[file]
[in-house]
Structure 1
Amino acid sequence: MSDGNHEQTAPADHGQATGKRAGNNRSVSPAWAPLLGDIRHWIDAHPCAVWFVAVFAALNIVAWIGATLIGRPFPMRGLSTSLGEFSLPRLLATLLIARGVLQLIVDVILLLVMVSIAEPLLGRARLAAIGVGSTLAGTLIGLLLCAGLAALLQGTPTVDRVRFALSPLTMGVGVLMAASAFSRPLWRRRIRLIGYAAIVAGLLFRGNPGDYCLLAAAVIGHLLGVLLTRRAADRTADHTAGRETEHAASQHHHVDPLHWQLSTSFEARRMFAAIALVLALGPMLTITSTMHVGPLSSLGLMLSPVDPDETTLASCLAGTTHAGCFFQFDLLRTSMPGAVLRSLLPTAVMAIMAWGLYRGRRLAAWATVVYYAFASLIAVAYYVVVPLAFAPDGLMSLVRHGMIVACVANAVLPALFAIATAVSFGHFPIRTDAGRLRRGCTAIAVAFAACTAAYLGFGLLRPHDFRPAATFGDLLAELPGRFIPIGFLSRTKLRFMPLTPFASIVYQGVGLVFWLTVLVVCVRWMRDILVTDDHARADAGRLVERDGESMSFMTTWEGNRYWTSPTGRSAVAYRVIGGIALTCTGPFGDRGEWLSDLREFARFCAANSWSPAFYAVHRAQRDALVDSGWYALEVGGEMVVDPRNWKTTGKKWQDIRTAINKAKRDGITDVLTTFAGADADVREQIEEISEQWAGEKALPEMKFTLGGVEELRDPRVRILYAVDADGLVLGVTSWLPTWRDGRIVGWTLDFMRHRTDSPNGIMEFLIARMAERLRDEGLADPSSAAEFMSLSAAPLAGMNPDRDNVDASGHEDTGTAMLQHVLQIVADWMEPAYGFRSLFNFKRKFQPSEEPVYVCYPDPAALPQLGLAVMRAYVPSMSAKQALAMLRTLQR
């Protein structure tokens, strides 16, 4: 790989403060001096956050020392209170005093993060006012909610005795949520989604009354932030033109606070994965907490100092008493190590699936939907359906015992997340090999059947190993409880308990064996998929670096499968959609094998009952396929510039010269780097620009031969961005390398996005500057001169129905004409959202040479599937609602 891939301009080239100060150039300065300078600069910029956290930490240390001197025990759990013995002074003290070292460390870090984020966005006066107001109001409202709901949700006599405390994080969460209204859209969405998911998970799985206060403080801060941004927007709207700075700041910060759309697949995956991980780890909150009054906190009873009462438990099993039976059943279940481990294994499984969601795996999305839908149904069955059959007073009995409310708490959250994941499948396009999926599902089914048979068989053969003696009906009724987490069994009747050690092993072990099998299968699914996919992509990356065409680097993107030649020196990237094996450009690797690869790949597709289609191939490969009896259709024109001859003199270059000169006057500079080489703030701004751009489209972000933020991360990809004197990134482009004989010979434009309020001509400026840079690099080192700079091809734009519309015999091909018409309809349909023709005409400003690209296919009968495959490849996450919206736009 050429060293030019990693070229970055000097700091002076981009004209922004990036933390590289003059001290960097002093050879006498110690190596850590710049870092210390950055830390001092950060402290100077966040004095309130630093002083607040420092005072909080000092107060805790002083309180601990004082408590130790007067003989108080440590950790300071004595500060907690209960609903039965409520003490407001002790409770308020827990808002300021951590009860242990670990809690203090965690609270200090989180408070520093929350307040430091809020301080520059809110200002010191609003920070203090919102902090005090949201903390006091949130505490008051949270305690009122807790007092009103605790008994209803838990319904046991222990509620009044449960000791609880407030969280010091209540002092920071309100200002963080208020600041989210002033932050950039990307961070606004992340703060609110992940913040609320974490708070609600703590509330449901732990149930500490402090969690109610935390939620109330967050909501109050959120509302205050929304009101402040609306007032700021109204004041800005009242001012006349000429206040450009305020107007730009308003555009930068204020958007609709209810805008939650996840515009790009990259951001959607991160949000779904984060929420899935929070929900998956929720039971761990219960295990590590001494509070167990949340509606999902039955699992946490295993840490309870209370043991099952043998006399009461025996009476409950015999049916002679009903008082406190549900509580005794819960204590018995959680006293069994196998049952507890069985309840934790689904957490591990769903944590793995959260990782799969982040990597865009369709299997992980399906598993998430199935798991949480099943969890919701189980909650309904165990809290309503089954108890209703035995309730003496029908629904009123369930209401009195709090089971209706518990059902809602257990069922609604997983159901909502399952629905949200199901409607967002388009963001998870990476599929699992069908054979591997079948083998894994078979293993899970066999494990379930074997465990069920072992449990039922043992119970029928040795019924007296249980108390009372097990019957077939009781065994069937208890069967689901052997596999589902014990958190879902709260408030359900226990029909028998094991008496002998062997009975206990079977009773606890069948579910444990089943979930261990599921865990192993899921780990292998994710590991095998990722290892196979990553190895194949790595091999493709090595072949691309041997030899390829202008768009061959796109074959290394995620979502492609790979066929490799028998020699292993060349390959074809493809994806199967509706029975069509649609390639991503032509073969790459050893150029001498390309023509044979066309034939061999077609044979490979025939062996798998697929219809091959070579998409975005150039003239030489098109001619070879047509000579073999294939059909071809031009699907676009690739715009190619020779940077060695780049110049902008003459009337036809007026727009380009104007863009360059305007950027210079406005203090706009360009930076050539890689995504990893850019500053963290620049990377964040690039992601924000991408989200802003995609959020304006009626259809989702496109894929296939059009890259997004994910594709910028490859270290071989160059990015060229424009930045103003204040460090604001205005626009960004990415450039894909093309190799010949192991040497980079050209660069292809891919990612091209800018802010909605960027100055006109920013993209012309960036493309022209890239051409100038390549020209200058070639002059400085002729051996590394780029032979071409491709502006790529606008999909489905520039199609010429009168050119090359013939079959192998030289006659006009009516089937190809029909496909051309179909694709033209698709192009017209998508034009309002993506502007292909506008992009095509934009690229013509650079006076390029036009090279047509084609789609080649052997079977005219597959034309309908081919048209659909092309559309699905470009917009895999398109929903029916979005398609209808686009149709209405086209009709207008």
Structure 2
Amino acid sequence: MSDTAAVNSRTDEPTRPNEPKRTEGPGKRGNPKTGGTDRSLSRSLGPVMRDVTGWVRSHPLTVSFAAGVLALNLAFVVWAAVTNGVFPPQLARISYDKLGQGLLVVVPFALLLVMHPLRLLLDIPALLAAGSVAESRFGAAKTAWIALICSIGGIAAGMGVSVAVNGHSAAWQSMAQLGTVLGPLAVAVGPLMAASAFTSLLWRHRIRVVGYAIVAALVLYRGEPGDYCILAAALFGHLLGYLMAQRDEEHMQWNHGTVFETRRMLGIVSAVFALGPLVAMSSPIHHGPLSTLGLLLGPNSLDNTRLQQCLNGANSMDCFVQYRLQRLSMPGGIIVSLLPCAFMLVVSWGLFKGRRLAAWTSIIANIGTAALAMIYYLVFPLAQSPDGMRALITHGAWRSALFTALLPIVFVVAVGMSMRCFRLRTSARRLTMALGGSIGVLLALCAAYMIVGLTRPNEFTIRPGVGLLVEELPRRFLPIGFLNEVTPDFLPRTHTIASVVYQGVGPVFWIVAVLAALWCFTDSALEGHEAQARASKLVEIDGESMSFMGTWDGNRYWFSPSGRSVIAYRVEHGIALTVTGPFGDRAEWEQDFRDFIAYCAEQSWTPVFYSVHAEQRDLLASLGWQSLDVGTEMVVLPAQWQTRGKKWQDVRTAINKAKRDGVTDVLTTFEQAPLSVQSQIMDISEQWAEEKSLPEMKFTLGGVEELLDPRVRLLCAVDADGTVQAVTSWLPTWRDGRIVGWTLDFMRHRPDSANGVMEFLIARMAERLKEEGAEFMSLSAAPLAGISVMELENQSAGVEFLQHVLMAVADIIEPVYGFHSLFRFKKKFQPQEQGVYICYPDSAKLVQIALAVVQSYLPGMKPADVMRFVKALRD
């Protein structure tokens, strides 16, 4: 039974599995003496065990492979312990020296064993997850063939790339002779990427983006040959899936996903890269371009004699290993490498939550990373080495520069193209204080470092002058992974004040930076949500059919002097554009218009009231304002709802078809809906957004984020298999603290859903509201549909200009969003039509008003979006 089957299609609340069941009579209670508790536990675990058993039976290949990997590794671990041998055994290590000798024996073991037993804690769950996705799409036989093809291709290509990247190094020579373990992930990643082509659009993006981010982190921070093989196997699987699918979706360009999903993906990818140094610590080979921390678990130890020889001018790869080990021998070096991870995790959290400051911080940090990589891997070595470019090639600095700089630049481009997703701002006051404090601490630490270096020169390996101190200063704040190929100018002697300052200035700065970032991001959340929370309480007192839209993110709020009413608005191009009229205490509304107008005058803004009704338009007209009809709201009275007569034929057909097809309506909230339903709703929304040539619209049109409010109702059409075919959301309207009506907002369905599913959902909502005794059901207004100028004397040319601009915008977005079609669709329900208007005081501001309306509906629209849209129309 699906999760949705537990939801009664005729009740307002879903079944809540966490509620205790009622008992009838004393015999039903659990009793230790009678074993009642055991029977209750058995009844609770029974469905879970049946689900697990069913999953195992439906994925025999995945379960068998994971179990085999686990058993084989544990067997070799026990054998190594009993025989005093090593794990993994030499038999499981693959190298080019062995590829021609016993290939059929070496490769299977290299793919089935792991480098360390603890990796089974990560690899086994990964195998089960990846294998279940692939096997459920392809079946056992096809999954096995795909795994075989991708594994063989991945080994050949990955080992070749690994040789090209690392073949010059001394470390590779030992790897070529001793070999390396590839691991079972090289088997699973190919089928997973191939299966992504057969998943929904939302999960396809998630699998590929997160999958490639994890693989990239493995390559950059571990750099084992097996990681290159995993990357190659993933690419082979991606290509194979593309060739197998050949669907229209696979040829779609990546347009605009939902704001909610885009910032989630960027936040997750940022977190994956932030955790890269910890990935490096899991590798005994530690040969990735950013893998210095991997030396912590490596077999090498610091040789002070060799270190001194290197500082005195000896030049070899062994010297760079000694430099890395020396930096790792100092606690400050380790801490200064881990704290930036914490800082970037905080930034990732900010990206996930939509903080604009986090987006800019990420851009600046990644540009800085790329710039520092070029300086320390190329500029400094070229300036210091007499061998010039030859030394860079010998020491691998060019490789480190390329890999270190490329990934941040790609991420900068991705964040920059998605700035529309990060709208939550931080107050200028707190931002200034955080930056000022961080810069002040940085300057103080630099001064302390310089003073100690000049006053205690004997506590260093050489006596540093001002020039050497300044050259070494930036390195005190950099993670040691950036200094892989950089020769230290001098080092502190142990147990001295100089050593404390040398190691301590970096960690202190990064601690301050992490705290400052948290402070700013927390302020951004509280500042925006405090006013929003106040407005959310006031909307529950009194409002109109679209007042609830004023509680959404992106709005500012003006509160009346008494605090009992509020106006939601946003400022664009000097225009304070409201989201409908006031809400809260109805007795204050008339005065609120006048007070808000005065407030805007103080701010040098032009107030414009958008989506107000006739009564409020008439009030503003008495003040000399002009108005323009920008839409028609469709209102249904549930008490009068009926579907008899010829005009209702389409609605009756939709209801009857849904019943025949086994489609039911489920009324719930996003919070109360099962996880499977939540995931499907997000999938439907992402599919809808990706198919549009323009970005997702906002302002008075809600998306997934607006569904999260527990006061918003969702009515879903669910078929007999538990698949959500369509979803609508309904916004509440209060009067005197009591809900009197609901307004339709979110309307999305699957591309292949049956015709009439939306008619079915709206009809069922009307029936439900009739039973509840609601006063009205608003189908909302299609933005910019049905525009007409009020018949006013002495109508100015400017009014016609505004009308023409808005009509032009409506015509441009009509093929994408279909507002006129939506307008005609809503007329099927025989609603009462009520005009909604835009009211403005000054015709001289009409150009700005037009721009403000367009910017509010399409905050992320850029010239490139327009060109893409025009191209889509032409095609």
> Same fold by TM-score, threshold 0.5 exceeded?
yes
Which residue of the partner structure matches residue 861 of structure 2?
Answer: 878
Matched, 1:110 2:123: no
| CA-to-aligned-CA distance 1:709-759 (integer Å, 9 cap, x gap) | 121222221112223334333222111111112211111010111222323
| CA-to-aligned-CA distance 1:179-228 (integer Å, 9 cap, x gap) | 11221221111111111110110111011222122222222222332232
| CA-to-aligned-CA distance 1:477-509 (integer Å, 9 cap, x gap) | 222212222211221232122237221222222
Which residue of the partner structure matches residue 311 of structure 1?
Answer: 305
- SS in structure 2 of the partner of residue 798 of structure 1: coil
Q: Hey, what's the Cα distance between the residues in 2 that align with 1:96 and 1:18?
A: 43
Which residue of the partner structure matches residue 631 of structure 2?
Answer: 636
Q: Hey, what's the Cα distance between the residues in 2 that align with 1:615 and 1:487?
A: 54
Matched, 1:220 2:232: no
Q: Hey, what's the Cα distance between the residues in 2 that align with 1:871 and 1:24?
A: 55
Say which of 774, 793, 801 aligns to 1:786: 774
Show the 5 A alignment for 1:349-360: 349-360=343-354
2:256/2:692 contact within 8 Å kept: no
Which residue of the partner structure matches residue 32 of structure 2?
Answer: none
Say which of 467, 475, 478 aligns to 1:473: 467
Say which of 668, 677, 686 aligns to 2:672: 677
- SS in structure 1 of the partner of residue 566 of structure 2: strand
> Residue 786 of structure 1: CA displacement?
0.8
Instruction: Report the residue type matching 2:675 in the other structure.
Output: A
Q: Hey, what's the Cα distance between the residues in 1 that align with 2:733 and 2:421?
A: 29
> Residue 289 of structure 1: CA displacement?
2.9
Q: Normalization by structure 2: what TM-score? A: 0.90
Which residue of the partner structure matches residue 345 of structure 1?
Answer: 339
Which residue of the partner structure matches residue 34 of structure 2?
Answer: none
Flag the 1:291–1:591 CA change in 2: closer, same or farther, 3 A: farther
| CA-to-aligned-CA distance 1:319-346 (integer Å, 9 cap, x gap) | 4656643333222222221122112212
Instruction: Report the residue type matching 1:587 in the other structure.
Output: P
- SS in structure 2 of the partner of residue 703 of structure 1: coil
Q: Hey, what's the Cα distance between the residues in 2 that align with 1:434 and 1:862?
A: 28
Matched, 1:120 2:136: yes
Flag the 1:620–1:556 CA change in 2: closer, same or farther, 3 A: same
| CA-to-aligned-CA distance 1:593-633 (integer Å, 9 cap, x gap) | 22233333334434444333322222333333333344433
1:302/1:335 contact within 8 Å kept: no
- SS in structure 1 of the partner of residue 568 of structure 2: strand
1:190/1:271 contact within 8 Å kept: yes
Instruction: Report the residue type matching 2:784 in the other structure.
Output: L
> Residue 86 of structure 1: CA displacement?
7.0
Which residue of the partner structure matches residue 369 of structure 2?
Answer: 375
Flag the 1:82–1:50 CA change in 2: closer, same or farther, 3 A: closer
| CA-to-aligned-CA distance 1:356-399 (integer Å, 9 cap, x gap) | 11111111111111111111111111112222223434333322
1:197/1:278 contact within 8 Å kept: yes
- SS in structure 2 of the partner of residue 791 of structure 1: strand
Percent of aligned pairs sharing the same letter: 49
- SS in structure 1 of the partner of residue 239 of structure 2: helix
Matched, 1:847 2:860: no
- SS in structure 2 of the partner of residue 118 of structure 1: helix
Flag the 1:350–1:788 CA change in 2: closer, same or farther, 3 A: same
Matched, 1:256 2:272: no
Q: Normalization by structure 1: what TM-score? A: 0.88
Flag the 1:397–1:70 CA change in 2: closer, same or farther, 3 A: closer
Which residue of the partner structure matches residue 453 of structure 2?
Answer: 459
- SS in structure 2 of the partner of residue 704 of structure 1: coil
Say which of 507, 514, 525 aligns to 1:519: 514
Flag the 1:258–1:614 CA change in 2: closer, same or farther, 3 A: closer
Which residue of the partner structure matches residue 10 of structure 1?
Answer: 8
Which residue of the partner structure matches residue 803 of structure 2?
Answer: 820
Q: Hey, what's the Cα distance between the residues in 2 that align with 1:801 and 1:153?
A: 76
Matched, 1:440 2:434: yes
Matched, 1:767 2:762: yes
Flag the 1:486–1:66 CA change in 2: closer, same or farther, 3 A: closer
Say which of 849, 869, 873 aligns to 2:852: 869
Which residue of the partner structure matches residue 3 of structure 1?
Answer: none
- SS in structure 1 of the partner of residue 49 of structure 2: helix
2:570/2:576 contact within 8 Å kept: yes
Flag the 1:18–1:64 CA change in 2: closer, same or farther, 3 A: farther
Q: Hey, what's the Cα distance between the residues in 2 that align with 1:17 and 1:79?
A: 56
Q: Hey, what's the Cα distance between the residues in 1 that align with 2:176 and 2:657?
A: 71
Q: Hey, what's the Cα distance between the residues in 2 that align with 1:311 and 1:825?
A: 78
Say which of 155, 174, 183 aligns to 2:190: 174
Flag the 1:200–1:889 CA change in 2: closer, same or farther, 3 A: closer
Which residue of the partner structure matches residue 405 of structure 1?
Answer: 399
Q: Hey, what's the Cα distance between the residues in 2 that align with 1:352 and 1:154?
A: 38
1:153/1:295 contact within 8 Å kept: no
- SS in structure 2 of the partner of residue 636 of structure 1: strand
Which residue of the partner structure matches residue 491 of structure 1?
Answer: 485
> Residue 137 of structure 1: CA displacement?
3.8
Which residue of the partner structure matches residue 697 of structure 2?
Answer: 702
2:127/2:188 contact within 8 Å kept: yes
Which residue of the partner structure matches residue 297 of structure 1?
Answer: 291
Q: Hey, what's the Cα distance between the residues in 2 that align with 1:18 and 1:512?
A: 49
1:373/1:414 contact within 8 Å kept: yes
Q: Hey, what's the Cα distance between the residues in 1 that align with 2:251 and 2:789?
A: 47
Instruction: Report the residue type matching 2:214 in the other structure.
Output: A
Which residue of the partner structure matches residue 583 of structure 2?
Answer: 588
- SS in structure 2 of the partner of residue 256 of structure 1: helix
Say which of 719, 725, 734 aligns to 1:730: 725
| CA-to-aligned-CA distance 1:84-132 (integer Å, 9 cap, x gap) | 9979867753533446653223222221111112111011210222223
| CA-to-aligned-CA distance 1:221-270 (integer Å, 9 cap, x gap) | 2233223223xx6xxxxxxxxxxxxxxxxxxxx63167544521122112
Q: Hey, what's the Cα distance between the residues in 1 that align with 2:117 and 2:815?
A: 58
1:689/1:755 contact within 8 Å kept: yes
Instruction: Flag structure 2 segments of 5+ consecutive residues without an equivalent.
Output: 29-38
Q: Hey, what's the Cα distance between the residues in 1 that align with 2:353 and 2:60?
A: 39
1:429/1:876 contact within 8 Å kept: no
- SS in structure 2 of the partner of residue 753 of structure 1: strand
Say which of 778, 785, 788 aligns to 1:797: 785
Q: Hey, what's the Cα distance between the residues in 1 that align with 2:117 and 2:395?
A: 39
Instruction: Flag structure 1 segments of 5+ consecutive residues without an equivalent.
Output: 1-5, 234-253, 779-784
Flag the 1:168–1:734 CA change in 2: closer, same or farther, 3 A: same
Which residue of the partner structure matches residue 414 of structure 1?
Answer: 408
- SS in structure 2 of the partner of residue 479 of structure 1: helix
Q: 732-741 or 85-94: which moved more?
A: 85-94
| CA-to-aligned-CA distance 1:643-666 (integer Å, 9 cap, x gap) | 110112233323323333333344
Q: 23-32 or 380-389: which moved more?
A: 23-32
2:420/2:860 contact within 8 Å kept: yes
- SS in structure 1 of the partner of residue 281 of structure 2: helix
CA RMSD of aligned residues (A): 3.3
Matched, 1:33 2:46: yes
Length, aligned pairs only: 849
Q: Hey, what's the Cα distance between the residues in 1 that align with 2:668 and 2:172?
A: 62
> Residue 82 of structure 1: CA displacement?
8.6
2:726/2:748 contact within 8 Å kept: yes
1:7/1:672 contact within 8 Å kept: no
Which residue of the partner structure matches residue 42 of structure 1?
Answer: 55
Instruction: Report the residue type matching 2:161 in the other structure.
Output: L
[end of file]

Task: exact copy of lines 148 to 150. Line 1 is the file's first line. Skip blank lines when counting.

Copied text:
Instruction: Flag structure 1 segments of 5+ consecutive residues without an equivalent.
Output: 1-5, 234-253, 779-784
Flag the 1:168–1:734 CA change in 2: closer, same or farther, 3 A: same